Emma Donaldson was in the first cohort of the UNSW Women in Engineering Summer Camp in 2013. As she prepares to graduate, she takes a little time out to reflect on her love of the land and her new-found mission to play a part in the new agricultural revolution.
“I’m from a small town in north-west NSW where my family has been running a mixed cattle and crop business for the last 125 years. I think my upbringing has had a really formative impact on the way I view the world and my ambitions for the future,” says Emma Donaldson, fourth-year Mechanical Engineering student. Emma believes her deep connection to the land, her concerns over climate change and her humanitarian leanings have strongly influenced her desire to become an agricultural engineer.
Although she says the UNSW Women in Engineering Summer Camp certainly had a hand in it too!
In 2013, Emma was in the first cohort of 20 high school students to go through the Women in Engineering (WIE) Summer Camp program. Established to encourage more women to study engineering, the program takes students in Years 11 and 12 on a fun, five-day, whistle-stop tour of engineering.
As a “bright eyed, bushy tailed” 17-year-old, Emma says it was the combination of a brilliant science teacher and excellent careers adviser that got her thinking about her future. “I knew I was going to do something in STEM [science, technology, engineering and mathematics] but I didn’t know what. Then my careers advisor saw the Women in Engineering camp advertised.”
Emma says the camp really helped her clear up some of the mysteries surrounding what engineering actually is, and the vast array of careers, disciplines and opportunities it offers. But she says one of the best things it did was allow her to connect with other like-minded young women who were interested in their future. By the end of the camp she felt confident that she wanted to study mechanical engineering at UNSW.
Fast forward four years, on the brink of her graduation, and Emma is planning a return to her roots. “I want to work in agriculture and help make technology more accessible to farmers. There is a big gap in this area and as an engineer I think I can help bring about social change,” she says.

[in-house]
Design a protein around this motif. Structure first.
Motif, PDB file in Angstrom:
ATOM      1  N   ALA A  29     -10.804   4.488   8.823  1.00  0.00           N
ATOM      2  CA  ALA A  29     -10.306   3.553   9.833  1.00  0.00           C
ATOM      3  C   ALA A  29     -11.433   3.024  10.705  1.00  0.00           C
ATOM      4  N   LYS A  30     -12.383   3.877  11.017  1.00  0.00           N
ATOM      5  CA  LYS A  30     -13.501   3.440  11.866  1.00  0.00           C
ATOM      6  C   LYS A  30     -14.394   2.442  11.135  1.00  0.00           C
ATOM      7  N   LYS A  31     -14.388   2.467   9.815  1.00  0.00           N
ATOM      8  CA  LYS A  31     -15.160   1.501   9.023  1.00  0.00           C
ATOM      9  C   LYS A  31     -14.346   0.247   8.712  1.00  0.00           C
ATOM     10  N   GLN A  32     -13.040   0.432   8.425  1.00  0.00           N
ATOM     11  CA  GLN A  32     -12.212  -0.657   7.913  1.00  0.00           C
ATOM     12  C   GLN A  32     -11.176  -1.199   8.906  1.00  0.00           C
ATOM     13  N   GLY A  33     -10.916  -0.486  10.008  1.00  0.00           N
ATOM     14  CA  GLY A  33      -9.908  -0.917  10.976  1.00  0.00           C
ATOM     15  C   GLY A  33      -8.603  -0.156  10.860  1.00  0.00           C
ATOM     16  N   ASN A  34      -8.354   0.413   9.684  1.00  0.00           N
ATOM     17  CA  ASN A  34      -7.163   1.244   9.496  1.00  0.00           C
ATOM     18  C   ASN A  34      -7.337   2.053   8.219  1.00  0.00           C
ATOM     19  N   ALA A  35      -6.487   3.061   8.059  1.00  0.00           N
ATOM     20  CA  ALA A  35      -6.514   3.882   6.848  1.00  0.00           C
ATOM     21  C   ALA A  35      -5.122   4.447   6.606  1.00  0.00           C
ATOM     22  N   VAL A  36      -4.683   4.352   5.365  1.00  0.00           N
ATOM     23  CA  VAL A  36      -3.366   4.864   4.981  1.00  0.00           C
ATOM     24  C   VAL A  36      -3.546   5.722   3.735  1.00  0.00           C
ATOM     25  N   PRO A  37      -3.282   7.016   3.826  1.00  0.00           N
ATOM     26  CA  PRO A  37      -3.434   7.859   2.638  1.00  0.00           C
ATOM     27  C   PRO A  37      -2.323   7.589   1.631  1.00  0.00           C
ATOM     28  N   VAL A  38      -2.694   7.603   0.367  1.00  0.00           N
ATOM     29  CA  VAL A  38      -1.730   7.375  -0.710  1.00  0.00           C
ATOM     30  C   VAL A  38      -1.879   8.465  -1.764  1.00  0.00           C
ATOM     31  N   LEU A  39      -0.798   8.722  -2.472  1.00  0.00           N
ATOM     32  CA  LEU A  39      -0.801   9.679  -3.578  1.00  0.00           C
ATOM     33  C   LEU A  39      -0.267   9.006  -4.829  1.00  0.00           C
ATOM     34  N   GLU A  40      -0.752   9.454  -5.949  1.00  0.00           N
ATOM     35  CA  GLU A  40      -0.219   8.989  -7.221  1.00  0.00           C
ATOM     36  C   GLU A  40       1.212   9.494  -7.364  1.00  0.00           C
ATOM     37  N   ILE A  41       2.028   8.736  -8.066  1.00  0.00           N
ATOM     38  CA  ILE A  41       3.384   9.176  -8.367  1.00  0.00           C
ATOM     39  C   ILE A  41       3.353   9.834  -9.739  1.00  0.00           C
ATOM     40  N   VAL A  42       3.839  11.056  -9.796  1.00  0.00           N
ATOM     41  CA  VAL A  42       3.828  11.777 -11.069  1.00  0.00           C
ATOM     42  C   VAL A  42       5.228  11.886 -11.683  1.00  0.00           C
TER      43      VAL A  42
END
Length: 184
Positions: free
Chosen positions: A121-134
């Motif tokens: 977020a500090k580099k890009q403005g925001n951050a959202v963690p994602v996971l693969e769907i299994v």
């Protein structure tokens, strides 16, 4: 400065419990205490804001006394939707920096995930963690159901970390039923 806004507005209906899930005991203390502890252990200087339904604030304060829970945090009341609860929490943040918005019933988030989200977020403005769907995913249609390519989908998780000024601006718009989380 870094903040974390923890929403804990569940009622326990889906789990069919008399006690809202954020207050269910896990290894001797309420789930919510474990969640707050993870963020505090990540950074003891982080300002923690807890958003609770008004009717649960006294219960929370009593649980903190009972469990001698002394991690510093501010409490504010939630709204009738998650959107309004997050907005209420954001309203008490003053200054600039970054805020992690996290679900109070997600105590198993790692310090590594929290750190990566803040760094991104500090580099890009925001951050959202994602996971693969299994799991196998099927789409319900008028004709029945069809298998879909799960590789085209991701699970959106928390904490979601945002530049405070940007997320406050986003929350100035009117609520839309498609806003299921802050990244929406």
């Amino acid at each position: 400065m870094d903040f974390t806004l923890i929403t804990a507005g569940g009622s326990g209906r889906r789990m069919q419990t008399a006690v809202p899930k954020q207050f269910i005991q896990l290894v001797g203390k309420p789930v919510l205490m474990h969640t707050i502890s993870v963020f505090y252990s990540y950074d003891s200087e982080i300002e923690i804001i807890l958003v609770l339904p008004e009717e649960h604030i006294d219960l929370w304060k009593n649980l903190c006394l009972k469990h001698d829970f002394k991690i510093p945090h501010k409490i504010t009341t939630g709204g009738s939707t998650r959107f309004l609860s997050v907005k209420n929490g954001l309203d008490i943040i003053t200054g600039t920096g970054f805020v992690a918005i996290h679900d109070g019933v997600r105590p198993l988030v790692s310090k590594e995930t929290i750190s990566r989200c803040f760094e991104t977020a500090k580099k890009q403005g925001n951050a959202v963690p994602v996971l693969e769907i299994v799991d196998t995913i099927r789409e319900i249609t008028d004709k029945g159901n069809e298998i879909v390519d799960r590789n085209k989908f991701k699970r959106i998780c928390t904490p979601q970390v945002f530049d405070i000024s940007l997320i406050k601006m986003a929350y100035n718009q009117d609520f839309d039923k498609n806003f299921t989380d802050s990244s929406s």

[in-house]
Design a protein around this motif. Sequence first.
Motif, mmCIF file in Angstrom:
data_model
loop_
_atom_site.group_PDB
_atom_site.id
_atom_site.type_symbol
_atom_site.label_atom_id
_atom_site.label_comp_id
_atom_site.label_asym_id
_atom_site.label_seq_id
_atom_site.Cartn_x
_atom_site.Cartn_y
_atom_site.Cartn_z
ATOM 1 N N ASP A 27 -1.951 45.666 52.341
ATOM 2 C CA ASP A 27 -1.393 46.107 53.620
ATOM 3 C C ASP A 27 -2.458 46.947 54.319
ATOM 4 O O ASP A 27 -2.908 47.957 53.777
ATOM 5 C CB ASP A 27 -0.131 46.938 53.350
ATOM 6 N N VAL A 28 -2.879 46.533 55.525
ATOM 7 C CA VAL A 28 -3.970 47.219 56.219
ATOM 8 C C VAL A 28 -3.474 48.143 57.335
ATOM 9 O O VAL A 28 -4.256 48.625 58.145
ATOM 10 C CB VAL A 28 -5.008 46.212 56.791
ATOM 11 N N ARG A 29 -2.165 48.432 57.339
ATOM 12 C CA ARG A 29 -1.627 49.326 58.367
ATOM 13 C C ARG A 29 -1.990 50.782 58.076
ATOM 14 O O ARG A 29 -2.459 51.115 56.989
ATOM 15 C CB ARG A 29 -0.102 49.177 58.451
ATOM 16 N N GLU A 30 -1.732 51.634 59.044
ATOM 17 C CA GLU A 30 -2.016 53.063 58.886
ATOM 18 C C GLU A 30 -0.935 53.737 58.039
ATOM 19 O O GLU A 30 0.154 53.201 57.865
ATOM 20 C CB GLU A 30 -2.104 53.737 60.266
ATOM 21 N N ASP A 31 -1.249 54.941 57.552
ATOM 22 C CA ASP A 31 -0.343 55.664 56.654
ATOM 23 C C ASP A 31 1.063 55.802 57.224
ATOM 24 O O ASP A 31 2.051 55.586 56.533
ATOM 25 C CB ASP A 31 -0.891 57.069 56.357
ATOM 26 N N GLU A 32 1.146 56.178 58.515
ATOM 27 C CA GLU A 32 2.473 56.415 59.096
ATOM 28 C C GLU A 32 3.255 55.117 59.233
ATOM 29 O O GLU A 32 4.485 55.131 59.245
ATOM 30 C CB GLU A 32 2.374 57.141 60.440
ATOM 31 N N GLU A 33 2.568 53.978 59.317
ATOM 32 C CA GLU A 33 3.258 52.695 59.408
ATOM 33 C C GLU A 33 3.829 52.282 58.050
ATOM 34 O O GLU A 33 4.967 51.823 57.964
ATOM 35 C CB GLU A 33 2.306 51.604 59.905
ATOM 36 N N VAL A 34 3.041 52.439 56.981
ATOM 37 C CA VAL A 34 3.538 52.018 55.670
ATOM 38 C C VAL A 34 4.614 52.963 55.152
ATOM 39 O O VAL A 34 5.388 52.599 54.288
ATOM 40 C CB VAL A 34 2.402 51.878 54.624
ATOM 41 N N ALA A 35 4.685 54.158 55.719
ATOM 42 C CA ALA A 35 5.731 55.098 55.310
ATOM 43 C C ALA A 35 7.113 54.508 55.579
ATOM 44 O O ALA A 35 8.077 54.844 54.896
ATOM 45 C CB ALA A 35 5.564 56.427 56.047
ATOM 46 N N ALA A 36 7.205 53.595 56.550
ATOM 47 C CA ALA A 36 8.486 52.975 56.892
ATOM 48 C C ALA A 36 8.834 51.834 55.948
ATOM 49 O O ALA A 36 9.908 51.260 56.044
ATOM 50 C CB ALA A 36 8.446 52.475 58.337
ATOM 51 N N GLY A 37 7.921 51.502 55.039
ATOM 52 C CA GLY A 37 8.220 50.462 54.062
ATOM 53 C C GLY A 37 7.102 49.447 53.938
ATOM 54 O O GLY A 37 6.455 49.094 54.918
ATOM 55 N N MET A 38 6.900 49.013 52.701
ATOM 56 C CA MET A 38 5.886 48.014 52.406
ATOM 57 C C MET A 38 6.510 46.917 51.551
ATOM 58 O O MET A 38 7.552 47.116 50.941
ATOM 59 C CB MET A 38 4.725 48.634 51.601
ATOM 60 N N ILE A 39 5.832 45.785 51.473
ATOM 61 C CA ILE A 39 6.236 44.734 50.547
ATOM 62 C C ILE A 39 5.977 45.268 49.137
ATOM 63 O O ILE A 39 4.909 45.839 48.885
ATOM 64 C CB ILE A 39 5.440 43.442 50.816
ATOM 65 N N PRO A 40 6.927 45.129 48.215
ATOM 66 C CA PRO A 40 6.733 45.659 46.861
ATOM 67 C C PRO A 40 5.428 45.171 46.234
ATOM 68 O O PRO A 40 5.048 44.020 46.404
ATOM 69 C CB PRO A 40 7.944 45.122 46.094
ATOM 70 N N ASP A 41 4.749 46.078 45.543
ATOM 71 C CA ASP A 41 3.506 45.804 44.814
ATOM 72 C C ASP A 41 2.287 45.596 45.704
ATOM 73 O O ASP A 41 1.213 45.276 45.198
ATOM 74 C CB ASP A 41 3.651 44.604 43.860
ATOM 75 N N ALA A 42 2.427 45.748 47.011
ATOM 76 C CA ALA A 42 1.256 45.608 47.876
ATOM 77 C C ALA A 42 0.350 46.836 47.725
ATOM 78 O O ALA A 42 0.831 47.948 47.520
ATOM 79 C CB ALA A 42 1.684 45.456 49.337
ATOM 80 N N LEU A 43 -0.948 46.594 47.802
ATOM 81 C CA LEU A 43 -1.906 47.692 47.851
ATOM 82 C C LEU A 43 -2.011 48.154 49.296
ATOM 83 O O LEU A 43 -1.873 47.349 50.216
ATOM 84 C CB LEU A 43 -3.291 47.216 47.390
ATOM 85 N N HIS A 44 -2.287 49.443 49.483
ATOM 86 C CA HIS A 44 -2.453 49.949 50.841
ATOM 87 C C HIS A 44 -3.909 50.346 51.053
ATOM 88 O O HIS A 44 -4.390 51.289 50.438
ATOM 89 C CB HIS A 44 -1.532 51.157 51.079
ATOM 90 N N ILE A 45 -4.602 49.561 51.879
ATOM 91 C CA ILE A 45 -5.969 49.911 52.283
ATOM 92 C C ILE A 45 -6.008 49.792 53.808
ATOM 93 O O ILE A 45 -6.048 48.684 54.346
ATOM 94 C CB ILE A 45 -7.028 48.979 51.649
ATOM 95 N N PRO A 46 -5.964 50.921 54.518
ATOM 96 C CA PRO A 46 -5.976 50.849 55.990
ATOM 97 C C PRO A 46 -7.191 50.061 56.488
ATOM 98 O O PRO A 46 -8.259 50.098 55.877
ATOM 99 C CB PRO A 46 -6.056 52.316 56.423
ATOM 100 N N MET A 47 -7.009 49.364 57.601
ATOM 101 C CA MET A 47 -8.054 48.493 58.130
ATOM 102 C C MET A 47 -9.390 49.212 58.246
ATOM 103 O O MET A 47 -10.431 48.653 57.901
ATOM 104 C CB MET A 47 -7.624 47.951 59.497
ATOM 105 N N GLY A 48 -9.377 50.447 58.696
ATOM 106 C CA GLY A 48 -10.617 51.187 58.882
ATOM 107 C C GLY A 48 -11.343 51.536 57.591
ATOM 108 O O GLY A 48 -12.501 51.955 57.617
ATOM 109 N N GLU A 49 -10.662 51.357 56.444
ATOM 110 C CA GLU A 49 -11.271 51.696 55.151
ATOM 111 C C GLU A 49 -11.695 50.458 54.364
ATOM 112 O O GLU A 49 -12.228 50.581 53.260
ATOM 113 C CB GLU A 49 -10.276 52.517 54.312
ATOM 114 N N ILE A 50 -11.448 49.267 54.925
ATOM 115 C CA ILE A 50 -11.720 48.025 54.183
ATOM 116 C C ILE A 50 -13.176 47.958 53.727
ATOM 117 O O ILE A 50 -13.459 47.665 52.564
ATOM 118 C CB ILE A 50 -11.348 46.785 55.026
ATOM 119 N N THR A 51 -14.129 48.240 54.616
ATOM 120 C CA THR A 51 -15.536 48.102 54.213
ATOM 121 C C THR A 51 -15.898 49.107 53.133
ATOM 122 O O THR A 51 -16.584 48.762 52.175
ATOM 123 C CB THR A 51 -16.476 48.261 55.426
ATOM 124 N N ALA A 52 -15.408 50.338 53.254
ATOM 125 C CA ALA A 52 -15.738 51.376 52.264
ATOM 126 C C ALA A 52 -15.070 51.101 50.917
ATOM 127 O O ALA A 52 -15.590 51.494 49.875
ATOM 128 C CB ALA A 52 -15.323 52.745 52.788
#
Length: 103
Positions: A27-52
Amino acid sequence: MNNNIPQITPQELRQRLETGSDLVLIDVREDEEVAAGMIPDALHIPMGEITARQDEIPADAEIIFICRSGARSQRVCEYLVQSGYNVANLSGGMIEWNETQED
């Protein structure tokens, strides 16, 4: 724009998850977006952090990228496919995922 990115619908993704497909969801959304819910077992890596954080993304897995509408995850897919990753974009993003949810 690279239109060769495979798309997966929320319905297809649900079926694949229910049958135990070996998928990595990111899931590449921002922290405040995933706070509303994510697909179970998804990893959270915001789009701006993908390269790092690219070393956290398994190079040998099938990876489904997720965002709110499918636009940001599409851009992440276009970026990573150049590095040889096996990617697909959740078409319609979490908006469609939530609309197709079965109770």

“Many Australian farmers are of an older generation and still acclimatising to the massive technological boom going on. Simple things like water-monitoring technologies and drones can have a massive application in agriculture and can help make farmers’ lives easier, but many in the industry are lagging behind.”
At the beginning of this year, Emma took a trip down memory lane as a ‘house parent’ at the 2017 WIE camp. “My task at the camp was to be a role model for the young women taking part and hopefully inspire them to think about their career choices. It’s hard at the time to see whether you’re having an influence or not, but I really wanted to share my story and help them realise that, as an engineer, you’re capable of achieving anything you want.”
Over 100 students got a glimpse of what it means to be an engineer in the 21st century at the 2017 camp. They visited a series of companies including Firmenich fragrance and flavour lab, software development giant Atlassian and Infigen Energy, which specialises in wind and solar power. There were career talks from top female engineers and networking events so they could chat with engineering students and professionals about what they do every day. And there was the camp’s pièce de résistance – a week-long design project to devise engineering solutions for humanitarian challenges around the world.
Many Australian farmers are of an older generation & still acclimatising to the massive technological boom going on
Emma Donaldson, 4th year UNSW Mechanical Engineering student
Dr Alex Bannigan is UNSW’s Women in Engineering Manager and has devised and run the summer camp and the WIE program since its inception in 2014. She says stories such as Emma’s are incredibly inspiring for the students attending the camp. “Emma is a great success story for the Women in Engineering program. She has embraced engineering as a tool for change and is already demonstrating the impact that one person with passion can have on the world.”
UNSW’s WIE Camp fast facts
- 103 students attended in 2017 (from 20 in 2013)
- 1/3 are from interstate or regional areas
- A $9,000 donation from the James N Kirby Foundation funded regional travel grants for students outside Sydney to attend
- 27 students who attended the camp in its first three years are now enrolled in Engineering at UNSW
- 23 former campers have been made offers for enrolment in 2017